What a man thinks of Christ will tell you how a man thinks about everything else religious in his life. A high view of Christ yields a high view of preaching, a high standard of holiness, a high commitment to the church and evangelism. The reverse is also true. Thus the need for preaching the preeminence of Christ – His unrivaled supremacy.

Notice what Paul proclaims in verse 28, the first word – Him, that is, the Lord Jesus Christ.

The overview for all of Lawson’s session follows:

1. What we preach, or better said, who we preach.

2. How we preach. It matters to God how we preach. There are four words used to describe how we are to preach.

a. proclaim

b. admonishing

c. teaching

d. wisdom

3. Why we preach. So that every man can be complete in Christ.

4. To whom we preach. We preach to every man.

5. What we preach.

Session 1 addresses what we preach. We preach “Him”, that is the Lord Jesus Christ. We do not preach a set of rules, or a cause, or a political view. We preach the risen Lord Jesus Christ. Christianity is Jesus Christ. Everything we do in the Christian life hinges upon Christ. See 1 Corinthians 2:2 and 2 Corinthians 4:5. It does not matter what book or passage we are preaching from, we must preach Jesus Christ.

What does it mean to preach Christ? See Colossians 1:15-23. There are seven truths about Jesus Christ in these verses.

1. To preach Christ is to preach that Jesus Christ is God. See Colossians 1:15. Fully, completely God. Jesus Christ is the full and perfect revelation of God. All deity dwells in Jesus Christ. See Colossians 2:9. He who has seen Jesus Christ has seen God the Father. Jesus Christ possesses all the divine attributes of God and all the power of God.

a. Understanding this truth is the cornerstone to understanding all other doctrines of the Bible.

b. This means that Jesus Christ has the right to rule and command our lives.

2. To preach Christ is to preach that Jesus Christ is sovereign. See Colossians 1:15. Jesus is the firstborn of all creation. Not that He is a created being – that is the Arian heresy. Jesus is the creator (see verse 16). “Firstborn” here means possessing all of the rights of the firstborn son. See Revelation 1:5. The heir, the inheritor of the legacy, the manager of the estate. Jesus is the first over all creation – the position of full supremacy. The position of full authority.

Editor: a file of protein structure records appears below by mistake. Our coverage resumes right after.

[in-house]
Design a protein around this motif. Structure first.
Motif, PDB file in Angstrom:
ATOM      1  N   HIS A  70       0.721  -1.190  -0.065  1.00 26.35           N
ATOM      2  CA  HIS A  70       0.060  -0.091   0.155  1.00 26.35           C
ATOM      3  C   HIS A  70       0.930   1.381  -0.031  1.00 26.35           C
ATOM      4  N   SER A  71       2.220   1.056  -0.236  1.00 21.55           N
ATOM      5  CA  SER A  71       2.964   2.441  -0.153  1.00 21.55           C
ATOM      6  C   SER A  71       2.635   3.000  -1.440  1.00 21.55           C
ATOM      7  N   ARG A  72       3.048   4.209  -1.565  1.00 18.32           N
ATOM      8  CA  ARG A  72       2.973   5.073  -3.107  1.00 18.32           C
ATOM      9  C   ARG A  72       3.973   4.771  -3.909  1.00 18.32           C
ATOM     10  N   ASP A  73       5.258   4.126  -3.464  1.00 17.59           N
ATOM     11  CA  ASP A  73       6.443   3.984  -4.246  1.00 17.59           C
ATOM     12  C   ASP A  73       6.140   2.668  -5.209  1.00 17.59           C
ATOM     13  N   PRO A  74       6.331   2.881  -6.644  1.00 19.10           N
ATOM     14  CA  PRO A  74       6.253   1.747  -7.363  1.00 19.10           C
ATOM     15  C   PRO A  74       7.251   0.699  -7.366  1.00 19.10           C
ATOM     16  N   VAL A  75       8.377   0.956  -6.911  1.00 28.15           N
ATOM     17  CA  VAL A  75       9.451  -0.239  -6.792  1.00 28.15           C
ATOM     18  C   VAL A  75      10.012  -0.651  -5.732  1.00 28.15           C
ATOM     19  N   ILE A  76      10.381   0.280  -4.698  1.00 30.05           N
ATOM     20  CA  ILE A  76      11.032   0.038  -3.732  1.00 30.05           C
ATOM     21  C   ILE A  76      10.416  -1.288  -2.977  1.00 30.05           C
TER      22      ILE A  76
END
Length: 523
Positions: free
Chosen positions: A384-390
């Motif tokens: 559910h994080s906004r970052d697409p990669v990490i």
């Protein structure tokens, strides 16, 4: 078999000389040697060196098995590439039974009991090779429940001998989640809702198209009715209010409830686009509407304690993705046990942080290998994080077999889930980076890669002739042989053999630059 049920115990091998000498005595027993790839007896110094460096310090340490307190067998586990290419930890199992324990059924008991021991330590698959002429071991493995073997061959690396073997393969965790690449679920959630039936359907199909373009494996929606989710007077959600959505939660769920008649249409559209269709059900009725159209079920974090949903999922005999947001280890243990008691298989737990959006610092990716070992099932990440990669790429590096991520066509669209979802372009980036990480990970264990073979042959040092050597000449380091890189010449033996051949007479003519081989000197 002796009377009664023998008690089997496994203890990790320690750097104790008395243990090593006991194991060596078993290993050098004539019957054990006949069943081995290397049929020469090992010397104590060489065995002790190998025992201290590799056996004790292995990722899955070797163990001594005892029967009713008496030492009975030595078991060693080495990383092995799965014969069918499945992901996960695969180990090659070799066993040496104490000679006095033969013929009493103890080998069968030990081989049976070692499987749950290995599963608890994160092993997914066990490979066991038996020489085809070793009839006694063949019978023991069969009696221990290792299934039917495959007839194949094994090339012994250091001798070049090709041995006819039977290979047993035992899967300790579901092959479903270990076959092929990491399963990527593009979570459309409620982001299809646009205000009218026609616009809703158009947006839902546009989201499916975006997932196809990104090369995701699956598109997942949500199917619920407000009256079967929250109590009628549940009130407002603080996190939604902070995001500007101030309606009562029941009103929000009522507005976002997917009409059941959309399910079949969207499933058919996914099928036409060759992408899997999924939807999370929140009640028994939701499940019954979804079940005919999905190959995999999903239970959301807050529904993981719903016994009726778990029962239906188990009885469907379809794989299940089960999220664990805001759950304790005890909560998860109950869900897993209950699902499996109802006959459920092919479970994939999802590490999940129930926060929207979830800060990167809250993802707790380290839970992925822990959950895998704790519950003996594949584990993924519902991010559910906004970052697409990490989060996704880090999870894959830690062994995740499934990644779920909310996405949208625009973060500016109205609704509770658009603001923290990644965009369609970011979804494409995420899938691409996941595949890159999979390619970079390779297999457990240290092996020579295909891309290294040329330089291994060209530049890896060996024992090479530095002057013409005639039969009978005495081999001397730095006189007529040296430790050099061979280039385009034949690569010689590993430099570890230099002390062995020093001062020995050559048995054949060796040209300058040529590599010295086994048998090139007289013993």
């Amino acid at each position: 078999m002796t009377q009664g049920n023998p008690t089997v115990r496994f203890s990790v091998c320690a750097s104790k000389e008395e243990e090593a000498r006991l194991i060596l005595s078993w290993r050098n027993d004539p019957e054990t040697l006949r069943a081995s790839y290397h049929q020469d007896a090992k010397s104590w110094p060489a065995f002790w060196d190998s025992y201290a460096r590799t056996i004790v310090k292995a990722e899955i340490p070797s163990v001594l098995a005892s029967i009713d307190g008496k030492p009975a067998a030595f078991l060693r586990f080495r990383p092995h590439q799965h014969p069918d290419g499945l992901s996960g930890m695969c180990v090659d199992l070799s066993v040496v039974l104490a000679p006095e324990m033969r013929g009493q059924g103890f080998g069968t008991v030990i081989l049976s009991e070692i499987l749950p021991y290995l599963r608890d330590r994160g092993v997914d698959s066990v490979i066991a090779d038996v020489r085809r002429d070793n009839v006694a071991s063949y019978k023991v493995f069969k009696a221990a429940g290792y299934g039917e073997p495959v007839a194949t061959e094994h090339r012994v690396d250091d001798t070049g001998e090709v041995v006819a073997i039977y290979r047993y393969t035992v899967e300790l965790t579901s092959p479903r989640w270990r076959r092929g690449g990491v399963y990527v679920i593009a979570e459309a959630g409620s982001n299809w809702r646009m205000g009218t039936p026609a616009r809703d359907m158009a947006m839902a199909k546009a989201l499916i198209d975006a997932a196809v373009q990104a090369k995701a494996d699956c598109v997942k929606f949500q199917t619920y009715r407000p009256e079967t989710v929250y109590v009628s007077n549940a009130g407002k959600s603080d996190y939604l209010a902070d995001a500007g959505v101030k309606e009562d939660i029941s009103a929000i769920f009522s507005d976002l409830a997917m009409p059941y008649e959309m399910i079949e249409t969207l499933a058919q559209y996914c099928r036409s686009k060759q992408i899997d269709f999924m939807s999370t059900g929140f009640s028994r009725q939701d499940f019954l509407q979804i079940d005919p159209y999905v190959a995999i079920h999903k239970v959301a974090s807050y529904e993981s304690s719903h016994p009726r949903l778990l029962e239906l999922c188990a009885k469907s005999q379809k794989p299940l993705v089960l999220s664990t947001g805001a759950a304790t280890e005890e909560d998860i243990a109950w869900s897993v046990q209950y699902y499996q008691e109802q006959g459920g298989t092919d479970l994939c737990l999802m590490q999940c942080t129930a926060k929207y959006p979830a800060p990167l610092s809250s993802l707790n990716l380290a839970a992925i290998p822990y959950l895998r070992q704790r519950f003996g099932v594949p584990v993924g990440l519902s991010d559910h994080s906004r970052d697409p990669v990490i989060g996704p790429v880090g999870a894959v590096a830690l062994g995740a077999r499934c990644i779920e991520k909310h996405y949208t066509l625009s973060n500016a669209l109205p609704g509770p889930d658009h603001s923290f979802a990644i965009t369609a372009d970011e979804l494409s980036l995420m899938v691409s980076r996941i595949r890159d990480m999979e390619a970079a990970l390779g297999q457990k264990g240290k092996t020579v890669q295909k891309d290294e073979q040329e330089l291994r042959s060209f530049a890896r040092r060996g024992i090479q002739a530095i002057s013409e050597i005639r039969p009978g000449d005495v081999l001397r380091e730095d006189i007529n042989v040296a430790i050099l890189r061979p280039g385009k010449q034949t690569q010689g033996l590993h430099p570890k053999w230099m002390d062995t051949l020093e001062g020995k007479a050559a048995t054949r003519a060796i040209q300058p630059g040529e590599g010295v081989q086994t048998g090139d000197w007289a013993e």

3. To preach Christ is to preach that Jesus Christ is creator. See Colossians 1:16. By Christ all things were created. “By Him” should read “In Him”. Nothing falls outside the creative power of Jesus Christ. See John 1:3.

a. Note that the creation is by Him, through Him, and for Him.

b. The One who made all is the one who will judge all.

4. To preach Christ is to preach that Jesus Christ is not only the creator, He is also the sustainer. See Colossians 1:17. Nothing is outside the immediate control of Jesus Christ. Deism is heresy.

5. To preach Christ is to preach that Jesus Christ is the head of the church. See Colossians 1:18. Jesus Christ controls, oversees, directs, guides, manages, requires submission from, the church. Christ is the greatest of all who will be resurrected unto life. Notice the use of the word “preeminence” in verse 18. That means first place in everything. All things are to please Him. It doesn’t matter if we please or displease anyone else.